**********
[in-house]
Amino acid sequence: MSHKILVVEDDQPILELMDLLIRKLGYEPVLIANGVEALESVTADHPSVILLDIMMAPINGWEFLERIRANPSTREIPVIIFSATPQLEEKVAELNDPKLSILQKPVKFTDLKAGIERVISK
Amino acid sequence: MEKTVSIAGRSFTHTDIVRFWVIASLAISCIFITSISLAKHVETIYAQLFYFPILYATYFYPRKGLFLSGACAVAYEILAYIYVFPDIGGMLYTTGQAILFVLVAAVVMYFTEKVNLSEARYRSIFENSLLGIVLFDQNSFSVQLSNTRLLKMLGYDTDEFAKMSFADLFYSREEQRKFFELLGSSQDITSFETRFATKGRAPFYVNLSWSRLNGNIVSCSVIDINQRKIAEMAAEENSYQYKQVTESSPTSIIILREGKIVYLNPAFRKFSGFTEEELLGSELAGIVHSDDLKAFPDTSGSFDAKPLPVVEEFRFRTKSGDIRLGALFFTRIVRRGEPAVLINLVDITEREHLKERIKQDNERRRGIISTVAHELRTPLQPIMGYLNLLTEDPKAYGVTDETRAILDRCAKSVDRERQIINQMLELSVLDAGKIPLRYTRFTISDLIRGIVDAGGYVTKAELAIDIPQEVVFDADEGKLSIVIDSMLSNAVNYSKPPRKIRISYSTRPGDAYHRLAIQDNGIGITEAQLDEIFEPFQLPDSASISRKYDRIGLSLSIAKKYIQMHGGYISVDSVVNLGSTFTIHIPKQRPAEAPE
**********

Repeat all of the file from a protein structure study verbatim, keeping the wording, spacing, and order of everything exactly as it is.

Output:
[in-house]
Amino acid sequence: MSHKILVVEDDQPILELMDLLIRKLGYEPVLIANGVEALESVTADHPSVILLDIMMAPINGWEFLERIRANPSTREIPVIIFSATPQLEEKVAELNDPKLSILQKPVKFTDLKAGIERVISK
Amino acid sequence: MEKTVSIAGRSFTHTDIVRFWVIASLAISCIFITSISLAKHVETIYAQLFYFPILYATYFYPRKGLFLSGACAVAYEILAYIYVFPDIGGMLYTTGQAILFVLVAAVVMYFTEKVNLSEARYRSIFENSLLGIVLFDQNSFSVQLSNTRLLKMLGYDTDEFAKMSFADLFYSREEQRKFFELLGSSQDITSFETRFATKGRAPFYVNLSWSRLNGNIVSCSVIDINQRKIAEMAAEENSYQYKQVTESSPTSIIILREGKIVYLNPAFRKFSGFTEEELLGSELAGIVHSDDLKAFPDTSGSFDAKPLPVVEEFRFRTKSGDIRLGALFFTRIVRRGEPAVLINLVDITEREHLKERIKQDNERRRGIISTVAHELRTPLQPIMGYLNLLTEDPKAYGVTDETRAILDRCAKSVDRERQIINQMLELSVLDAGKIPLRYTRFTISDLIRGIVDAGGYVTKAELAIDIPQEVVFDADEGKLSIVIDSMLSNAVNYSKPPRKIRISYSTRPGDAYHRLAIQDNGIGITEAQLDEIFEPFQLPDSASISRKYDRIGLSLSIAKKYIQMHGGYISVDSVVNLGSTFTIHIPKQRPAEAPE